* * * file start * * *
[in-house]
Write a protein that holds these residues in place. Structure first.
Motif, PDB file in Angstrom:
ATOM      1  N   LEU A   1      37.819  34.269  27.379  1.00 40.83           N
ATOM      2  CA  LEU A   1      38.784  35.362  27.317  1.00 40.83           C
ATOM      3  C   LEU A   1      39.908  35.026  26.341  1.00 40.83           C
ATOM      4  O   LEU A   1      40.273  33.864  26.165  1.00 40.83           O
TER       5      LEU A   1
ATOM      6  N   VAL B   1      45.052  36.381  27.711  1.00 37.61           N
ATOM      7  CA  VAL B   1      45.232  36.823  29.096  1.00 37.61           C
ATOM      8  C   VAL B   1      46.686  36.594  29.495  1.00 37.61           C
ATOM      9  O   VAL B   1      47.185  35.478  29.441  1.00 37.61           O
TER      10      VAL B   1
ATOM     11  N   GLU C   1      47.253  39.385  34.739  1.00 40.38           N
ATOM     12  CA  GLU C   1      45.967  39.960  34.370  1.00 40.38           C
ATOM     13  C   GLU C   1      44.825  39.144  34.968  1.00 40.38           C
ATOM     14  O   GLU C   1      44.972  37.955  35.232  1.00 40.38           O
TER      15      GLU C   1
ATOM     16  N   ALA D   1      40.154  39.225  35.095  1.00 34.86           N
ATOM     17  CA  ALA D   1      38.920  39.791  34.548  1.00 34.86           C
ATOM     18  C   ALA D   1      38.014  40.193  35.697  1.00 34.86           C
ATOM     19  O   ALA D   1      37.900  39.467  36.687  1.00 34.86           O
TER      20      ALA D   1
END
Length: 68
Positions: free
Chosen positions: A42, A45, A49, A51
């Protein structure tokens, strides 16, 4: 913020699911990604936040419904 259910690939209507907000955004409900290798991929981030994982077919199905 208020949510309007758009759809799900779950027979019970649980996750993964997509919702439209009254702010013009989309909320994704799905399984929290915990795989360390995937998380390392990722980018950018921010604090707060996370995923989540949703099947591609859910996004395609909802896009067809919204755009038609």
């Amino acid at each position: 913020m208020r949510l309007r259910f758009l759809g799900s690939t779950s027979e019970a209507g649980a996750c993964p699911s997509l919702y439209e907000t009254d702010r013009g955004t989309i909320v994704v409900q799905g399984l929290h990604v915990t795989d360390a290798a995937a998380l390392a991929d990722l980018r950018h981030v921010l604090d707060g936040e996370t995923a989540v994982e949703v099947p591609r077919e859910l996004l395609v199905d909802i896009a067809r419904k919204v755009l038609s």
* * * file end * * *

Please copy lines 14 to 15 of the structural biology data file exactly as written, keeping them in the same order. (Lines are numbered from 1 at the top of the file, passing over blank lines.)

ATOM     11  N   GLU C   1      47.253  39.385  34.739  1.00 40.38           N
ATOM     12  CA  GLU C   1      45.967  39.960  34.370  1.00 40.38           C